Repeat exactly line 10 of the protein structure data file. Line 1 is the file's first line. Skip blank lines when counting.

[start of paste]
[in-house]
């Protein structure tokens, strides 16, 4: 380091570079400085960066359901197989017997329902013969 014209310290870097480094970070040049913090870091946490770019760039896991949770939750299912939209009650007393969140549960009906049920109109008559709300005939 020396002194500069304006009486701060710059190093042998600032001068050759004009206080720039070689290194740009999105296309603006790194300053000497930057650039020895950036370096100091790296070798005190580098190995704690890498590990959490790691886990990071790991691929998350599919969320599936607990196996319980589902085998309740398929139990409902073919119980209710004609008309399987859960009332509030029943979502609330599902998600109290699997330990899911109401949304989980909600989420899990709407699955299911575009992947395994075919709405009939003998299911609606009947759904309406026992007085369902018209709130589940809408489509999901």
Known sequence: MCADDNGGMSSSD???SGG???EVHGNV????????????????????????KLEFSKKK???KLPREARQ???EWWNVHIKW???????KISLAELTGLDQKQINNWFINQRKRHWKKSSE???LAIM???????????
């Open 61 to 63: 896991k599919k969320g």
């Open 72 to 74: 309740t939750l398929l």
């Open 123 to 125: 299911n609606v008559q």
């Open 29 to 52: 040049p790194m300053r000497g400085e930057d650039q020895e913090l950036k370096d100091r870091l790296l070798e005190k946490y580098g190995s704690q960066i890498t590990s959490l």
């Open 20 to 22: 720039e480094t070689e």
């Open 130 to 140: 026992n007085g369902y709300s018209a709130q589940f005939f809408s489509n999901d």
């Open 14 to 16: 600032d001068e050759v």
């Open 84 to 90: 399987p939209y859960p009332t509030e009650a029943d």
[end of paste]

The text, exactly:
């Open 14 to 16: 600032d001068e050759v």